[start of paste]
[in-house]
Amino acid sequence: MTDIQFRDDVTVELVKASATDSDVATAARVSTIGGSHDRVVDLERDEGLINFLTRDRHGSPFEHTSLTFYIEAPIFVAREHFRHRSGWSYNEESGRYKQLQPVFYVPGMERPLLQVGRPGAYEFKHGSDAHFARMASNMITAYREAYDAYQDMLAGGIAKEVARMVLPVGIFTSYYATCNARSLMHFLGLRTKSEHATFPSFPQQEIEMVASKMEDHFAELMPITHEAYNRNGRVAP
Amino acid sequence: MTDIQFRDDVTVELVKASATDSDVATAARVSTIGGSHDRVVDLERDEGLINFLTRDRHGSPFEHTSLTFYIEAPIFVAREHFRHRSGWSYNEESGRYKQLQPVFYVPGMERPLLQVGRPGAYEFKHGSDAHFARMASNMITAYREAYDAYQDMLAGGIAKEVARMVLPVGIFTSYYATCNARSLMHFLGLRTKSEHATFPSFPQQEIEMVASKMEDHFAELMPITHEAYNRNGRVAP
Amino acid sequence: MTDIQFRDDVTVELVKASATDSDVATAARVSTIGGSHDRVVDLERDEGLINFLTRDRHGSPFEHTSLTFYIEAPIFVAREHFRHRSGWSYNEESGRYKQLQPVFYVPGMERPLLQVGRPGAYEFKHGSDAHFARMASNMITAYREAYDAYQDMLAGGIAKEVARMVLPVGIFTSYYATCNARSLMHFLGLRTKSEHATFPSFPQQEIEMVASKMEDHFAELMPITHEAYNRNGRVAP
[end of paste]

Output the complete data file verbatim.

[in-house]
Amino acid sequence: MTDIQFRDDVTVELVKASATDSDVATAARVSTIGGSHDRVVDLERDEGLINFLTRDRHGSPFEHTSLTFYIEAPIFVAREHFRHRSGWSYNEESGRYKQLQPVFYVPGMERPLLQVGRPGAYEFKHGSDAHFARMASNMITAYREAYDAYQDMLAGGIAKEVARMVLPVGIFTSYYATCNARSLMHFLGLRTKSEHATFPSFPQQEIEMVASKMEDHFAELMPITHEAYNRNGRVAP
Amino acid sequence: MTDIQFRDDVTVELVKASATDSDVATAARVSTIGGSHDRVVDLERDEGLINFLTRDRHGSPFEHTSLTFYIEAPIFVAREHFRHRSGWSYNEESGRYKQLQPVFYVPGMERPLLQVGRPGAYEFKHGSDAHFARMASNMITAYREAYDAYQDMLAGGIAKEVARMVLPVGIFTSYYATCNARSLMHFLGLRTKSEHATFPSFPQQEIEMVASKMEDHFAELMPITHEAYNRNGRVAP
Amino acid sequence: MTDIQFRDDVTVELVKASATDSDVATAARVSTIGGSHDRVVDLERDEGLINFLTRDRHGSPFEHTSLTFYIEAPIFVAREHFRHRSGWSYNEESGRYKQLQPVFYVPGMERPLLQVGRPGAYEFKHGSDAHFARMASNMITAYREAYDAYQDMLAGGIAKEVARMVLPVGIFTSYYATCNARSLMHFLGLRTKSEHATFPSFPQQEIEMVASKMEDHFAELMPITHEAYNRNGRVAP